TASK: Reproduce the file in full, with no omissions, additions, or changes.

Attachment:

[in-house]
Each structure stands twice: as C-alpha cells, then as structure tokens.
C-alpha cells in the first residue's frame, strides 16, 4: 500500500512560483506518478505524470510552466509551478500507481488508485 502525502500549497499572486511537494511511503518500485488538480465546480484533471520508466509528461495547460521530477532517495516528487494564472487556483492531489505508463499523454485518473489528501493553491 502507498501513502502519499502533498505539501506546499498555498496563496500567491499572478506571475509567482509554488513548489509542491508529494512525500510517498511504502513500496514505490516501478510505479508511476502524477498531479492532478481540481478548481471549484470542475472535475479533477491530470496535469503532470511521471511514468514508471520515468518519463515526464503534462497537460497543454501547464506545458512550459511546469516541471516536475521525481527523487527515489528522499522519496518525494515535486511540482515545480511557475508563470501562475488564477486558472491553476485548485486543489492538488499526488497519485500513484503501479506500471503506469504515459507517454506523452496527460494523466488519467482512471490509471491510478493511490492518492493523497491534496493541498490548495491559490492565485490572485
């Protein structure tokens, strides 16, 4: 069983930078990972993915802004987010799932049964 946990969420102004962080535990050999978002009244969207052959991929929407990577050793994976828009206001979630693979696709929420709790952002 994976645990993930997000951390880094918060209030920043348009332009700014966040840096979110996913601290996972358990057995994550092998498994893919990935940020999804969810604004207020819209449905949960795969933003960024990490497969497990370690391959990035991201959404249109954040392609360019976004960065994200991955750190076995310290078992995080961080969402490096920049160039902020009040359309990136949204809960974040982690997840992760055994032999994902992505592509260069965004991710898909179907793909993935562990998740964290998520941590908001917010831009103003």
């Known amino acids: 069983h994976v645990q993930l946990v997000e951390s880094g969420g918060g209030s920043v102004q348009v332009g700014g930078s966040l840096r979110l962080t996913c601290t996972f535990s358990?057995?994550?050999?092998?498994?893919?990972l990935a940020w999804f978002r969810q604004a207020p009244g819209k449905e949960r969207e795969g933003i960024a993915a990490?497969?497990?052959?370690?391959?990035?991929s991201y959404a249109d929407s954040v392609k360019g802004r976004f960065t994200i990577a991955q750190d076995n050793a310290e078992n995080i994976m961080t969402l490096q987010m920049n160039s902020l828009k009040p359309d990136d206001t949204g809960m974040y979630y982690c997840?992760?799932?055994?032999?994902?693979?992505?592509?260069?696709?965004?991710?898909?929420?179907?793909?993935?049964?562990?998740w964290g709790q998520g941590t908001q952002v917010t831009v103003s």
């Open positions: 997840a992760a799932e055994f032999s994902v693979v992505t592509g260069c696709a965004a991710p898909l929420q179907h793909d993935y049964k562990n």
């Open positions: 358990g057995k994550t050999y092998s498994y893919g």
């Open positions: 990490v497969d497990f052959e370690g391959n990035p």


[in-house]
Each structure stands twice: as C-alpha cells, then as structure tokens.
C-alpha cells in the first residue's frame, strides 16, 4: 500500500512560483506518478505524470510552466509551478500507481488508485 502525502500549497499572486511537494511511503518500485488538480465546480484533471520508466509528461495547460521530477532517495516528487494564472487556483492531489505508463499523454485518473489528501493553491 502507498501513502502519499502533498505539501506546499498555498496563496500567491499572478506571475509567482509554488513548489509542491508529494512525500510517498511504502513500496514505490516501478510505479508511476502524477498531479492532478481540481478548481471549484470542475472535475479533477491530470496535469503532470511521471511514468514508471520515468518519463515526464503534462497537460497543454501547464506545458512550459511546469516541471516536475521525481527523487527515489528522499522519496518525494515535486511540482515545480511557475508563470501562475488564477486558472491553476485548485486543489492538488499526488497519485500513484503501479506500471503506469504515459507517454506523452496527460494523466488519467482512471490509471491510478493511490492518492493523497491534496493541498490548495491559490492565485490572485
């Protein structure tokens, strides 16, 4: 069983930078990972993915802004987010799932049964 946990969420102004962080535990050999978002009244969207052959991929929407990577050793994976828009206001979630693979696709929420709790952002 994976645990993930997000951390880094918060209030920043348009332009700014966040840096979110996913601290996972358990057995994550092998498994893919990935940020999804969810604004207020819209449905949960795969933003960024990490497969497990370690391959990035991201959404249109954040392609360019976004960065994200991955750190076995310290078992995080961080969402490096920049160039902020009040359309990136949204809960974040982690997840992760055994032999994902992505592509260069965004991710898909179907793909993935562990998740964290998520941590908001917010831009103003």
């Known amino acids: 069983h994976v645990q993930l946990v997000e951390s880094g969420g918060g209030s920043v102004q348009v332009g700014g930078s966040l840096r979110l962080t996913c601290t996972f535990s358990?057995?994550?050999?092998?498994?893919?990972l990935a940020w999804f978002r969810q604004a207020p009244g819209k449905e949960r969207e795969g933003i960024a993915a990490?497969?497990?052959?370690?391959?990035?991929s991201y959404a249109d929407s954040v392609k360019g802004r976004f960065t994200i990577a991955q750190d076995n050793a310290e078992n995080i994976m961080t969402l490096q987010m920049n160039s902020l828009k009040p359309d990136d206001t949204g809960m974040y979630y982690c997840?992760?799932?055994?032999?994902?693979?992505?592509?260069?696709?965004?991710?898909?929420?179907?793909?993935?049964?562990?998740w964290g709790q998520g941590t908001q952002v917010t831009v103003s």
């Open positions: 997840a992760a799932e055994f032999s994902v693979v992505t592509g260069c696709a965004a991710p898909l929420q179907h793909d993935y049964k562990n």
């Open positions: 358990g057995k994550t050999y092998s498994y893919g």
């Open positions: 990490v497969d497990f052959e370690g391959n990035p």